According to the ADAA (Anxiety Disorders Association of America), anxiety affects more than 40 million people in the United States which is roughly 18% of the population. We all know what it feels like to be a little anxious at times. Anxiety in moderate doses is a natural protective reaction to situations that might be in some way dangerous or threatening to us, but when anxiety begins to interfere with everyday life activities it might be time to seek professional treatment. If anxiety begins to transform into irrational fears or begins to keep you from social engagements it is time to take action. If you have panic attacks with heart palpitations and an overwhelming fear that something is constantly wrong or about to happen to you, this is another sign of an anxiety disorder.
Western treatment for anxiety often includes therapies such as cognitive therapy and exposure therapy. In addition, western treatment often includes anti-anxiety medications from the benzodiazepine family as well as anti-depressants. Traditional Chinese Medicine however, also has a long history of treating anxiety disorders effectively and naturally.
According to TCM theory, anxiety is often associated with an imbalance in the heart energy. A qualified acupuncturist or practitioner of TCM will be able to diagnose you accurately and differentiate between “heart energy deficiency”, “blood deficiency”, “yin deficiency” or other possible conditions such as “phlegm misting the heart.” Although these diagnoses may sound rather esoteric, they are effective descriptions that help to differentiate subtle differences in an anxiety condition and therefore make treatment more effective.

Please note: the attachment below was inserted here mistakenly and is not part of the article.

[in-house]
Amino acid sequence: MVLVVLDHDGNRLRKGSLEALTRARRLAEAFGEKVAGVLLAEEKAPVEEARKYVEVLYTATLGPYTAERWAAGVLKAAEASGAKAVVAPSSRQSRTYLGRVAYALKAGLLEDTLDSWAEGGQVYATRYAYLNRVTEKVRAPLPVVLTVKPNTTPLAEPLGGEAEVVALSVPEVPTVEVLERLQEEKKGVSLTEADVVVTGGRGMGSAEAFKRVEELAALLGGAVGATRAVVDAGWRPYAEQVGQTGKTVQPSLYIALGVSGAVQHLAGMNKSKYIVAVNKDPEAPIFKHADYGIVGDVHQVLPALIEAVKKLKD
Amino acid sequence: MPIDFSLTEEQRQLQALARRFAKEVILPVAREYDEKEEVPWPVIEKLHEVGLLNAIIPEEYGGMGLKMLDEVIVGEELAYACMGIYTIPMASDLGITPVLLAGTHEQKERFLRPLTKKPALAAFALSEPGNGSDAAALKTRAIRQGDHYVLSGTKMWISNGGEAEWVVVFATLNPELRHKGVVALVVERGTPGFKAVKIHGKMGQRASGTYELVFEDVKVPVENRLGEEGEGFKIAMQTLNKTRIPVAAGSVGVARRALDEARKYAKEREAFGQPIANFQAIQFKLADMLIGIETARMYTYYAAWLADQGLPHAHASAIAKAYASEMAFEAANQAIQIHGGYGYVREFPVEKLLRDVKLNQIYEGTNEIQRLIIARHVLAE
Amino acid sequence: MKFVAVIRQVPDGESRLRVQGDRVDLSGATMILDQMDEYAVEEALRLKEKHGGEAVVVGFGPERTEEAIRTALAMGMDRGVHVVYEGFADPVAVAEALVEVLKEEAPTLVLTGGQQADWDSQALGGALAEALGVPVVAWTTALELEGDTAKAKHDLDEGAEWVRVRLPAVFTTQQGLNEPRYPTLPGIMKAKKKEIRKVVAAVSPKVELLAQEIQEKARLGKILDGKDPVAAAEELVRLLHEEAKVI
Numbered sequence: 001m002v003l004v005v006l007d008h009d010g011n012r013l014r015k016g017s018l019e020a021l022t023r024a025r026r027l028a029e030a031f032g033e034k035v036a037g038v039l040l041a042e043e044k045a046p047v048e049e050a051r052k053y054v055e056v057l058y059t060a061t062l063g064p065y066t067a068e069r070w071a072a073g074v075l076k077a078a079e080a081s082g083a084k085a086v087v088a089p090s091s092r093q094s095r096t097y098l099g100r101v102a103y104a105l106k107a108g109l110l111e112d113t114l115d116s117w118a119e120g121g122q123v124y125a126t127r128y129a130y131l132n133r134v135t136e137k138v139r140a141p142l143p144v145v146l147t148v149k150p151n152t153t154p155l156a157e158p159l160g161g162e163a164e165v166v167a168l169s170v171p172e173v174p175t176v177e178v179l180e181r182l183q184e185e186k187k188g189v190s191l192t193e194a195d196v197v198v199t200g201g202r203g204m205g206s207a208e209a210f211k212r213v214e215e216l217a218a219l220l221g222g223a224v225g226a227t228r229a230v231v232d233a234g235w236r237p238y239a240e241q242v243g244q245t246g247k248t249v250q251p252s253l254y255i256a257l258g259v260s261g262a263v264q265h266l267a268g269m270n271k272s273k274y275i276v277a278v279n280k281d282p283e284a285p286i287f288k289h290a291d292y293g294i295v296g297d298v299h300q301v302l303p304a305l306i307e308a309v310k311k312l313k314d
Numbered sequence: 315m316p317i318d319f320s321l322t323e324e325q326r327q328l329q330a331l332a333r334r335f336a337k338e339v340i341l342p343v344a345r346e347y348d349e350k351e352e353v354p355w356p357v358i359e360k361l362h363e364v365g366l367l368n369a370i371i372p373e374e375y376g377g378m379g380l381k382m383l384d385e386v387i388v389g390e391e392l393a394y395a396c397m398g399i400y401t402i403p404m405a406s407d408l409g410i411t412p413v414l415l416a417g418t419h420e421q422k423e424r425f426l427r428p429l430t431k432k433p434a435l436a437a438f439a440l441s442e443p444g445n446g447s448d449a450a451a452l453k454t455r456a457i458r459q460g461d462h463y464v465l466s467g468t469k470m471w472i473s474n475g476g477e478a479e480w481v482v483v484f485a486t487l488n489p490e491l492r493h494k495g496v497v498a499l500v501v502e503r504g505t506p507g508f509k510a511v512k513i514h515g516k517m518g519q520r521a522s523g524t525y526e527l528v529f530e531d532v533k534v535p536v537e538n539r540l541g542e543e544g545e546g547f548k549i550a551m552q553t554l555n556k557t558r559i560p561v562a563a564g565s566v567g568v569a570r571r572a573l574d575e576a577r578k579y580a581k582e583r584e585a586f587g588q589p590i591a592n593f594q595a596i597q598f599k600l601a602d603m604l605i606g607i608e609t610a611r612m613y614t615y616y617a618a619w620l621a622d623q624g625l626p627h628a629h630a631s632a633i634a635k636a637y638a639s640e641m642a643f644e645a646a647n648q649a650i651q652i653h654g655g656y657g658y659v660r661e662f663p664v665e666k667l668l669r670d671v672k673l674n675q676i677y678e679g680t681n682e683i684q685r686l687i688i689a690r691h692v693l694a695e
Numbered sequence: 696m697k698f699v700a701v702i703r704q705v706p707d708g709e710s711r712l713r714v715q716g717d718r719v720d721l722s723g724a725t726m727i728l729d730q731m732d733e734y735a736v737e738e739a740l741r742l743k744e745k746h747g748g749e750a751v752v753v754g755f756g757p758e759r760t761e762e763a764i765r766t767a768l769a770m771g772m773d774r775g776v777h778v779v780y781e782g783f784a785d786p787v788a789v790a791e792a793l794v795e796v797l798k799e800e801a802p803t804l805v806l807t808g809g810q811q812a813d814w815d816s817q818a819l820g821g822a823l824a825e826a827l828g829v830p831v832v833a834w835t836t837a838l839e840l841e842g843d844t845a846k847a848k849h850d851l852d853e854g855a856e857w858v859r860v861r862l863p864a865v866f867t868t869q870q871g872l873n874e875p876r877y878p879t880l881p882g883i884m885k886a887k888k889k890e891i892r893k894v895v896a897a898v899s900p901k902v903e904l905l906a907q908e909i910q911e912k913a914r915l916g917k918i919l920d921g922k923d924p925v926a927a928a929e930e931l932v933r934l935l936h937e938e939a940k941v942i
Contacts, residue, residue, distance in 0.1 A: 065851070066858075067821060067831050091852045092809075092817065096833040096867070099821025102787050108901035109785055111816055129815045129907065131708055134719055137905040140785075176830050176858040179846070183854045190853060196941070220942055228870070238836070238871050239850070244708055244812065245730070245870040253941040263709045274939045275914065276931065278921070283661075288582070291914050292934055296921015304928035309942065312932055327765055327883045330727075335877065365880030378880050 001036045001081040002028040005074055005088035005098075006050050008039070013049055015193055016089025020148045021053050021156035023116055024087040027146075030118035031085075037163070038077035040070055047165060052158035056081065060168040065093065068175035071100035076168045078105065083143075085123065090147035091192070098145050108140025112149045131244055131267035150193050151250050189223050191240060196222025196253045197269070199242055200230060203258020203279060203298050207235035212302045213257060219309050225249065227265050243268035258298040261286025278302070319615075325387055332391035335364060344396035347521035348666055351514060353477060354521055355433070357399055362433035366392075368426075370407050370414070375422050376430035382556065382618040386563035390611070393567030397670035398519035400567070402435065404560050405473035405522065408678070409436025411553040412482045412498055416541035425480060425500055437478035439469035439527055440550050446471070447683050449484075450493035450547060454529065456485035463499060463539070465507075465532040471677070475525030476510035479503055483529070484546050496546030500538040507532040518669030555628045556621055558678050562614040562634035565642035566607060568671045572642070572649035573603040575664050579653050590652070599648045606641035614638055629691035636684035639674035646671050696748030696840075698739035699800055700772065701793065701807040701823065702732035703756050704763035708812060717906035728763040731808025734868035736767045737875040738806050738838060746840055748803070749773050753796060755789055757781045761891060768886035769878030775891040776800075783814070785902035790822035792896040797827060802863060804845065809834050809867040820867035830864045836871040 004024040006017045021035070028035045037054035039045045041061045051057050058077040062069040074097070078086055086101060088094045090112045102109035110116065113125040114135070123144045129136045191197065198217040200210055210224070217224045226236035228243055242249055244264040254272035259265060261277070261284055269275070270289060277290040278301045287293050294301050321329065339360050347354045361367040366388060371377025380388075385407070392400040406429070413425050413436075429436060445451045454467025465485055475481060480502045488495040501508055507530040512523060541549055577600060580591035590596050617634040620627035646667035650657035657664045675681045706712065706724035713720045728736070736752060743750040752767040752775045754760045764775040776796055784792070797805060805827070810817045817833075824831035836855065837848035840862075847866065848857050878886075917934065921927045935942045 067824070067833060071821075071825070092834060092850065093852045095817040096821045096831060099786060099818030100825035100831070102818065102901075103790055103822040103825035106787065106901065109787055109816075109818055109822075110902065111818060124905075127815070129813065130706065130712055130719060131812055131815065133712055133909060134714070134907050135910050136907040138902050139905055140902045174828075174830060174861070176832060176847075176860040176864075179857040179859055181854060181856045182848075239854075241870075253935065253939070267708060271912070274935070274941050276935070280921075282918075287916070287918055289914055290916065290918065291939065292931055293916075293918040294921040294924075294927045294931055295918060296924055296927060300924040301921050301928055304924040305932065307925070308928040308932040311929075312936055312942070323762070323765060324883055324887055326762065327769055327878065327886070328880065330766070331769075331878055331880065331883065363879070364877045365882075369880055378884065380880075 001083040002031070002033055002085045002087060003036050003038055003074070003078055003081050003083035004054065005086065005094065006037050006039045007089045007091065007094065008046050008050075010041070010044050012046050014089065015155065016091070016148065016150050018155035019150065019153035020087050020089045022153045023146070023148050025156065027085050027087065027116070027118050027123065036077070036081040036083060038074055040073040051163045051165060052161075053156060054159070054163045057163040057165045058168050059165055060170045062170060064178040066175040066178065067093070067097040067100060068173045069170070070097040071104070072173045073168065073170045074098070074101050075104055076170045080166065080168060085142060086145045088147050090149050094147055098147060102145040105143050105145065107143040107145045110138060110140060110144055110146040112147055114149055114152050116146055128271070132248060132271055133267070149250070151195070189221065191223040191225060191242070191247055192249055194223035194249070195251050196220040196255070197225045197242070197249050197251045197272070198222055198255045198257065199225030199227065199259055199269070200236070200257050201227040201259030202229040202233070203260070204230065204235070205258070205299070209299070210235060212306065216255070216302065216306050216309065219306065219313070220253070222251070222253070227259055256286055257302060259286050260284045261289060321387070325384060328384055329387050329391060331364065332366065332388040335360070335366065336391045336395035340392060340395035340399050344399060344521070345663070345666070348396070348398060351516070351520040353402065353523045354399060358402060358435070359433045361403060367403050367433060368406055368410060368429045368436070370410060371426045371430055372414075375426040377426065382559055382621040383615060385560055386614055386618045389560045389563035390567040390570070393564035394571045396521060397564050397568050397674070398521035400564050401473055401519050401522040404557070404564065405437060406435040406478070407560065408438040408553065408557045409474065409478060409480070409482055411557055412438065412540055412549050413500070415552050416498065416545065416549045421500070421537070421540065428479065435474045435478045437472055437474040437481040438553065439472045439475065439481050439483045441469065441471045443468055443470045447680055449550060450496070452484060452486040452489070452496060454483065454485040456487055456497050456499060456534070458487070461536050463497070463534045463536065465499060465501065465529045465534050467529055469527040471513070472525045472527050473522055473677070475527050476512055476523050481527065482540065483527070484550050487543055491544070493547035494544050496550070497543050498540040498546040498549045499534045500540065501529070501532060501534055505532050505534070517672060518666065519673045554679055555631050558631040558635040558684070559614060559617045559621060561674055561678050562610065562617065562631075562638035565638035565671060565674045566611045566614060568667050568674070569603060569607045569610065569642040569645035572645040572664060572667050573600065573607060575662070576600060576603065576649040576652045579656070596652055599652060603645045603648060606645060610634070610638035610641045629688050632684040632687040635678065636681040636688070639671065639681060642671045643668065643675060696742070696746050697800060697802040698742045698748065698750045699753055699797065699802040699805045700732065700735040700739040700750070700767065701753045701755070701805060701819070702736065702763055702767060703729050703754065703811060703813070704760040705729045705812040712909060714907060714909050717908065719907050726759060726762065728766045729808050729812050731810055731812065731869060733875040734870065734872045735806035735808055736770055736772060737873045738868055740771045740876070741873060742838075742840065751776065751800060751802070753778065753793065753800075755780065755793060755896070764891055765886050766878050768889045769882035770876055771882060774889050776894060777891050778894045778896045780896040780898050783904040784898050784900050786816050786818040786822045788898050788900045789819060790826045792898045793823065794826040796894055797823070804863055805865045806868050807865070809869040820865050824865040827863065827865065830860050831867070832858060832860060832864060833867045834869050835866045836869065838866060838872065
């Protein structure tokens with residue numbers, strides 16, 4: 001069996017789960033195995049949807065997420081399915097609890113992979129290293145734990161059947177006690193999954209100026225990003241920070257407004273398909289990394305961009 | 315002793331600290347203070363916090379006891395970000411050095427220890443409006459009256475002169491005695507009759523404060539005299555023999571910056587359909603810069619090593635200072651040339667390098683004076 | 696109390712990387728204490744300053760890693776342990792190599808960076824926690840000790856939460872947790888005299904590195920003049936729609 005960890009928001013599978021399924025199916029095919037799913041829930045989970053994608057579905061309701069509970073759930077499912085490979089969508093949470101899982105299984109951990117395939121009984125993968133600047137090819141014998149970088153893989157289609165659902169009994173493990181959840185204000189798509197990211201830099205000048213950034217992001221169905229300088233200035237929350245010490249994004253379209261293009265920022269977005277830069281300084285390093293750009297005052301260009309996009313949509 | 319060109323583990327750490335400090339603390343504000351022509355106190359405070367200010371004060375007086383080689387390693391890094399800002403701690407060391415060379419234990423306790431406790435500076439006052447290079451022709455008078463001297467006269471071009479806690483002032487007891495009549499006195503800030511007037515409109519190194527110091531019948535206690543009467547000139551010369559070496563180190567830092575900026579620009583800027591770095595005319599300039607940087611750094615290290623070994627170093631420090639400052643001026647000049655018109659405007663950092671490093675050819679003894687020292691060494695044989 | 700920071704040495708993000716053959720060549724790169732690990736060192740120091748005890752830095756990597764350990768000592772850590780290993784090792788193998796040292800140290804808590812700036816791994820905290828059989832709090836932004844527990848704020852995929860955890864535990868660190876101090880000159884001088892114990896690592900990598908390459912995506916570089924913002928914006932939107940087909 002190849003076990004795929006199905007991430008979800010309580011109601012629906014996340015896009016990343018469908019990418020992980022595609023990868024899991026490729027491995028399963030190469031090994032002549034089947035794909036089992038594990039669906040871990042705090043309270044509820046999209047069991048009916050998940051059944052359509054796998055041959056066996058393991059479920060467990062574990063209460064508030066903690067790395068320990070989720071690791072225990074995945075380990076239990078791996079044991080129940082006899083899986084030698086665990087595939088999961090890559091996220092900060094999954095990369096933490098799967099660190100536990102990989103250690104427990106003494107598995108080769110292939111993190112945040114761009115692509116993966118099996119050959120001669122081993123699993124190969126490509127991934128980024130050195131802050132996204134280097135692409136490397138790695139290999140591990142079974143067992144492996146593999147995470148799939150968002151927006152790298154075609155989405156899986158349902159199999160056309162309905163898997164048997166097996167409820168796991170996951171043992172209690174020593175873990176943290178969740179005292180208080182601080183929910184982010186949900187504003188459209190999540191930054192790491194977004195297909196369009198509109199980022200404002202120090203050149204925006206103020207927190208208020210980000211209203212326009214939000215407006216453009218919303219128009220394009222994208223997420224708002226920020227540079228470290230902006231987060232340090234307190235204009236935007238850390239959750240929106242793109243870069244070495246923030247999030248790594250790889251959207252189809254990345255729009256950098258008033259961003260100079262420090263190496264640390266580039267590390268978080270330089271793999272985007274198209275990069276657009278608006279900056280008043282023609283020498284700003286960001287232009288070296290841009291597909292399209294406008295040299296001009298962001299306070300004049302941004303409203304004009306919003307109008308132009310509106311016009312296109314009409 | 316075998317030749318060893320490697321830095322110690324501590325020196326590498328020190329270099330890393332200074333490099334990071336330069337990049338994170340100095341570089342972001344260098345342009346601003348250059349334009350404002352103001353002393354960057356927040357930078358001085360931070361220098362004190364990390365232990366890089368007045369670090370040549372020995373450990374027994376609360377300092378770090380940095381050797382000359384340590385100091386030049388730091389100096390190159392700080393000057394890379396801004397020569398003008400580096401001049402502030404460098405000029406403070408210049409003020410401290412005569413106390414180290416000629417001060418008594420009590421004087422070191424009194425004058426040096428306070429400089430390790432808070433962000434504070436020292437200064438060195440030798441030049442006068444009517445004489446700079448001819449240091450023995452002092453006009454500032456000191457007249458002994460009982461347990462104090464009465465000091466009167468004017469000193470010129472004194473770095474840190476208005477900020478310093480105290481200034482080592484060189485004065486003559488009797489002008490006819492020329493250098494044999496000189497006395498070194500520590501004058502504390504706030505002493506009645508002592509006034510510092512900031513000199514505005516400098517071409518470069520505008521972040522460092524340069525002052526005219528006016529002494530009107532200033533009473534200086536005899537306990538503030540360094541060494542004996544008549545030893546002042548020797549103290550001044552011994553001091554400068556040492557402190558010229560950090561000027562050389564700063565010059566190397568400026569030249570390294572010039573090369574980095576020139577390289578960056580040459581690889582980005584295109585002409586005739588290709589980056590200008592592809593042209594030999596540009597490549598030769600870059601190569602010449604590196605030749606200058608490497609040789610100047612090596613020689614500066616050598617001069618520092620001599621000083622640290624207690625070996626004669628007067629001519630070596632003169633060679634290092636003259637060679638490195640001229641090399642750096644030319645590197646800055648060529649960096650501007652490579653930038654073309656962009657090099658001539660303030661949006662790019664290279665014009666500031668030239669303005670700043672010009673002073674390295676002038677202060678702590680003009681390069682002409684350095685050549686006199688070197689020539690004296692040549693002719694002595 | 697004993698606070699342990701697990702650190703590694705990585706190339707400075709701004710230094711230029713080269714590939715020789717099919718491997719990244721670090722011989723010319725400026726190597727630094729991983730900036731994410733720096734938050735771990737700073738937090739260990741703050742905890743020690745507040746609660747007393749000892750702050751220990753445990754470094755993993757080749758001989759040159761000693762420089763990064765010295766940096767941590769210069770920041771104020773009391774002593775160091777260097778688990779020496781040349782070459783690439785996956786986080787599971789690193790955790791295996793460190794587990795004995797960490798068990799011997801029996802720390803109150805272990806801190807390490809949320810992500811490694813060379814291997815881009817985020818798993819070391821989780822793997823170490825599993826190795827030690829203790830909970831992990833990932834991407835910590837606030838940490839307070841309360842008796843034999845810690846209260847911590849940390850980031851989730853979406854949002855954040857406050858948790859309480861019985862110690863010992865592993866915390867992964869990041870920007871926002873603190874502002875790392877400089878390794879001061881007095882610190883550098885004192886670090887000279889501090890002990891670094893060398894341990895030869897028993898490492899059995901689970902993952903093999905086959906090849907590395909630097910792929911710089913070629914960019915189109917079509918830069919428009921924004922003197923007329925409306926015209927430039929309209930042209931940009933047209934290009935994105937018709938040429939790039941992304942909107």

Practitioners of TCM look at anxiety as not just a “mental” disorder, but as a whole body disorder, more along the lines of an internal medicine condition than just “in your head”. Not coincidentally, according to classic TCM theory, the mind and the heart center are often considered synonymous. From the perspective of TCM, it would be difficult to truly overcome anxiety without addressing the underlying physical conditions that may be contributing to the disorder. As a further note, long term use of medications from the “benzo” family and other tranquilizers that are sometimes prescribed for anxiety sufferers can further deteriorate the yin and blood of the heart center according to TCM theory. In addition these types of medications can disrupt the digestive system and intestinal flora. Poor intestinal health has long been strongly correlated with mental illness which is one more reason that a more holistic approach can sometimes provide more effective and longer lasting results.
Terry M. Chen, L.Ac.
Open Sky Acupuncture – Eugene, OR.by